Project Intervene: Resolving serious defects in residential apartment buildings

We work with a developer and owners corporation to negotiate an agreement.

Apartment block with hanging gardens and plants on the outside

Key information

  • If your class 2 residential apartment building has serious defects to common property, you may be eligible for Project Intervene (the ‘program’).
  • We aim to negotiate an agreement with the developer to get serious defects fixed. It’s an alternative to costly and time-consuming legal options, like going to court. 
  • Your building must meet certain criteria to be eligible.
  • Under Project Intervene, the developer pays for the remediation works and all associated costs of the program.
  • Registrations for the program close on 30 November 2023.

Our approach to fixing serious defects

We aim to ensure serious defects to common property get fixed. We use the powers under the Residential Apartment Buildings Act 2020 (‘RAB’ Act) to compel a developer or builder to remediate serious defects.   

These RAB Act powers permit us to issue a developer or builder with a direction or range of orders to fix non-compliant building work.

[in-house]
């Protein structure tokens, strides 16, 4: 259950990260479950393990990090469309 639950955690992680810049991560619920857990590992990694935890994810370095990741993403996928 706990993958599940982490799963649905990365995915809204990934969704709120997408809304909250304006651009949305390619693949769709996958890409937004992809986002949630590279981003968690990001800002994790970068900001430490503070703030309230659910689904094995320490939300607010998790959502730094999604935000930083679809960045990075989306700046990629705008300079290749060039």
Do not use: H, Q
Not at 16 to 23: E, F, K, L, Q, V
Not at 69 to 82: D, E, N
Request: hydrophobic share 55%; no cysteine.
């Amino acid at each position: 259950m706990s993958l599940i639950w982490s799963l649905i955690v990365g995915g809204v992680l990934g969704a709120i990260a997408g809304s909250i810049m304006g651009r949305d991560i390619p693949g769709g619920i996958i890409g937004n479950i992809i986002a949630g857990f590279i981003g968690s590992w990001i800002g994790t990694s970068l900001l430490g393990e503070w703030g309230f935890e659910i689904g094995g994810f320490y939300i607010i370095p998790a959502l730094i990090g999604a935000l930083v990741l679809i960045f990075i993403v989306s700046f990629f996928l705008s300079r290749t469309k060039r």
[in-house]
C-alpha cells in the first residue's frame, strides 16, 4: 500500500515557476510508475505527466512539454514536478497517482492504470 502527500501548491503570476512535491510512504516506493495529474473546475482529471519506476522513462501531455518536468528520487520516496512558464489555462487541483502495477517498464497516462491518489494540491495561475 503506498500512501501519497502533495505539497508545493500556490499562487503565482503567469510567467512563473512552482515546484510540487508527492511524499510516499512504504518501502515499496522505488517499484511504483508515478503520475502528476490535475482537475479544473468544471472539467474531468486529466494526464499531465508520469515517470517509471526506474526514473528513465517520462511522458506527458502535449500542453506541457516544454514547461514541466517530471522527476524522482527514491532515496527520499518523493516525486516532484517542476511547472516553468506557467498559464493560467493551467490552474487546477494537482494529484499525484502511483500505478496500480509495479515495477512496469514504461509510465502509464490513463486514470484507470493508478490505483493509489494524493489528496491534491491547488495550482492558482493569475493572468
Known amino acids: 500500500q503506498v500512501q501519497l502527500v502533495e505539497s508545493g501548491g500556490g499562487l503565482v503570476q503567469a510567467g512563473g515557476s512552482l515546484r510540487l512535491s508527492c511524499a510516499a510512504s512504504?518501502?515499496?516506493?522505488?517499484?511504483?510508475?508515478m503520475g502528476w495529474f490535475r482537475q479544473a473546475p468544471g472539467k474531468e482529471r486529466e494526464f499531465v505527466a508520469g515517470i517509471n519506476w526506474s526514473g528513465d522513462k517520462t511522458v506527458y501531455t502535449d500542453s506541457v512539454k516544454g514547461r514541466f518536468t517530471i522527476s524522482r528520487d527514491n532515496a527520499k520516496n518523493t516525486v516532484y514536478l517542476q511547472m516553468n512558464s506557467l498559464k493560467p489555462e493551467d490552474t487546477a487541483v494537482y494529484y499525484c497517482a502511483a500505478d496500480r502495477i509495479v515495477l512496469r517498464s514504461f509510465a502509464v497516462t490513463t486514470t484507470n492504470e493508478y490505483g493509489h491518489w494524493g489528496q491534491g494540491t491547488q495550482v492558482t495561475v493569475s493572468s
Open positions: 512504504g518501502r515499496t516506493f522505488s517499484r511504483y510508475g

Using an Undertaking to fix serious defects

One option available to us under the RAB Act is a Developer Undertaking.  

An Undertaking is an agreement offered by the developer to the Secretary of the Department of Customer Service for the benefit of the owners corporation.  

We work with a developer to finalise the list of serious defects and a time limit for when they will be fixed. Once the list is finalised, a Deed Poll is signed by both the developer and the owners corporation. Once signed, a Deed Poll is legally binding on both parties. 


It's about the fix, not the fight.

Read transcript

Is your building eligible?

To be eligible for Project Intervene, your building must meet all the following criteria:

  1. The building must be a class 2 residential apartment building with three or more storeys (a storey of a building is from the ground up and does not include levels below ground);
  2. There must be a serious defect and it must relate to one of the five building elements in the common property;
  3. The developer or builder who did the building work must still be active or trading;
  4.  The occupation certificate was issued in the last 10 years.

Next steps

Top of page